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Kaldor-Hicks Criterion

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PPGPortal > Home > Concept Dictionary > K, L, M > Kaldor-Hicks Criterion
 

Kaldor-Hicks Criterion

A theoretical test which can be used to assess whether a cost-benefit analysis supports a public project. According to this criterion, the people who benefit must be able, in principle, to fully compensate the people who are harmed by the project.

(About.com on Economics. http://economics.about.com/library/glossary/bldef-hicks-kaldor-criterion.htm) 

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This criterion identifies potential Pareto improvements as those that, assuming that net gainers could fully compensate losers, would leave at least one person better off without anyone else worse off.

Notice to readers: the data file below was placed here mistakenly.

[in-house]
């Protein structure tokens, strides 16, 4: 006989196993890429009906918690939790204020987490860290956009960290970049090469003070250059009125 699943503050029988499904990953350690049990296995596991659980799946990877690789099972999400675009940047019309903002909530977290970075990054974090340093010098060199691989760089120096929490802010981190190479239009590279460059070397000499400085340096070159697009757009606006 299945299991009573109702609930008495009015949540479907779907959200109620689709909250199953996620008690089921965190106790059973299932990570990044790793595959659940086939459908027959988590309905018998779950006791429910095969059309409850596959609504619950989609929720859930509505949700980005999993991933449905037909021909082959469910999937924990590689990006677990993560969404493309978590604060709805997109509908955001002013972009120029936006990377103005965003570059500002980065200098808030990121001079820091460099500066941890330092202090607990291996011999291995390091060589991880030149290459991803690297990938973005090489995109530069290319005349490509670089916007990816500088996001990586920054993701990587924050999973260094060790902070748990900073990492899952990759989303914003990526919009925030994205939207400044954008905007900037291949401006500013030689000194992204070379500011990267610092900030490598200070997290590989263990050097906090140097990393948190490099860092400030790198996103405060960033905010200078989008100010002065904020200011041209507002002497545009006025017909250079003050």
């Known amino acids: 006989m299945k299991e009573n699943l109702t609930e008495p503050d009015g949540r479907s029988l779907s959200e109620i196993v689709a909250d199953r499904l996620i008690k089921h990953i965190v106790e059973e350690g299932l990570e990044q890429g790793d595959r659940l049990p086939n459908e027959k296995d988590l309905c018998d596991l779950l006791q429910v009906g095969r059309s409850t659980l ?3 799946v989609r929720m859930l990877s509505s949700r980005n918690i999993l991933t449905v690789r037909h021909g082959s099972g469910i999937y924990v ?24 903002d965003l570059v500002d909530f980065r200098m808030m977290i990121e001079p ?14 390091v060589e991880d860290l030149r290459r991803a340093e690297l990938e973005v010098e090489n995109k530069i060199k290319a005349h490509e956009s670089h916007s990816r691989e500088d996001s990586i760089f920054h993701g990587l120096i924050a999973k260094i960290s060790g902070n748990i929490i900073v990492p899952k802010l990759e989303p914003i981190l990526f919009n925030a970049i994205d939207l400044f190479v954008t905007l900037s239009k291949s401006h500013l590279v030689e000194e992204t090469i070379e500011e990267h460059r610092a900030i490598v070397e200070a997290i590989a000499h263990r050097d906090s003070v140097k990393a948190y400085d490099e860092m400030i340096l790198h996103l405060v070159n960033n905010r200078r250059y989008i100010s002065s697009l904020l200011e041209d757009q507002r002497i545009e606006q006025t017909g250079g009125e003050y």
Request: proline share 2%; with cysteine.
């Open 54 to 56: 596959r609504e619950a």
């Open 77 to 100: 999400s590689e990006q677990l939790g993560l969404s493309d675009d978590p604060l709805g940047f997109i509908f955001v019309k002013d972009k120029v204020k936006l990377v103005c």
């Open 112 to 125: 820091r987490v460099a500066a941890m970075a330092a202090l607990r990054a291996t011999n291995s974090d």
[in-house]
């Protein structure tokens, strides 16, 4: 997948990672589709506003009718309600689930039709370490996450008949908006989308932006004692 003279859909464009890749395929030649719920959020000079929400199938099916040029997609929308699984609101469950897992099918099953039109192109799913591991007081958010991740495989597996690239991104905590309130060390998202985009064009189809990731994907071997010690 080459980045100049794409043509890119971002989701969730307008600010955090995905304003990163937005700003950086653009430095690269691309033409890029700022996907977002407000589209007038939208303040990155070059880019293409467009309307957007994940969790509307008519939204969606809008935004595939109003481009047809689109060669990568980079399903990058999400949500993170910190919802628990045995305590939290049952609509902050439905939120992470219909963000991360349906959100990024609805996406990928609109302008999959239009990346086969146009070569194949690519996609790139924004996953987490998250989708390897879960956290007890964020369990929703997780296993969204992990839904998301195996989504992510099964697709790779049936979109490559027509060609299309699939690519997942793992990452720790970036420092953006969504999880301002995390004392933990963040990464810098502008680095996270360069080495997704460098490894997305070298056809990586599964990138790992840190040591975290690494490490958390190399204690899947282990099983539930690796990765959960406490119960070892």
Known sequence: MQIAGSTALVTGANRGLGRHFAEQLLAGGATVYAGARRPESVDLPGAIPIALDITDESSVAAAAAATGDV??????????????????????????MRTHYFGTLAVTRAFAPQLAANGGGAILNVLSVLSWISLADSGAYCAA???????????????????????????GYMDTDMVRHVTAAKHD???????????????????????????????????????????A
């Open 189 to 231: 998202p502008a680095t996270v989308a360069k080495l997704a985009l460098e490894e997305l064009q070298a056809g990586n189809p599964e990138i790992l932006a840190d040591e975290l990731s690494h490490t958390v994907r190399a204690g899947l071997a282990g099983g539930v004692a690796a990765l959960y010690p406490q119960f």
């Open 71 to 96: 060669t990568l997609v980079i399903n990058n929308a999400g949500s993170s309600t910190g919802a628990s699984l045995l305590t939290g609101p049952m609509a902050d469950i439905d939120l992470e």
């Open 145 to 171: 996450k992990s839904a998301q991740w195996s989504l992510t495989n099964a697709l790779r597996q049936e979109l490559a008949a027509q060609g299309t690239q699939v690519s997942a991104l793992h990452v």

It is important to note that this criterion does not mean that the gainers from a policy will actually compensate those harmed. The test that must be passed is merely that the gainers could fully compensate those harmed, by transferring some of the benefits to which they received as a result of the policy. In short, the Kaldor-Hicks criterion requires that the benefits received by the "winners" of a policy exceed the harm done to the "losers" who are harmed by the policy.

     

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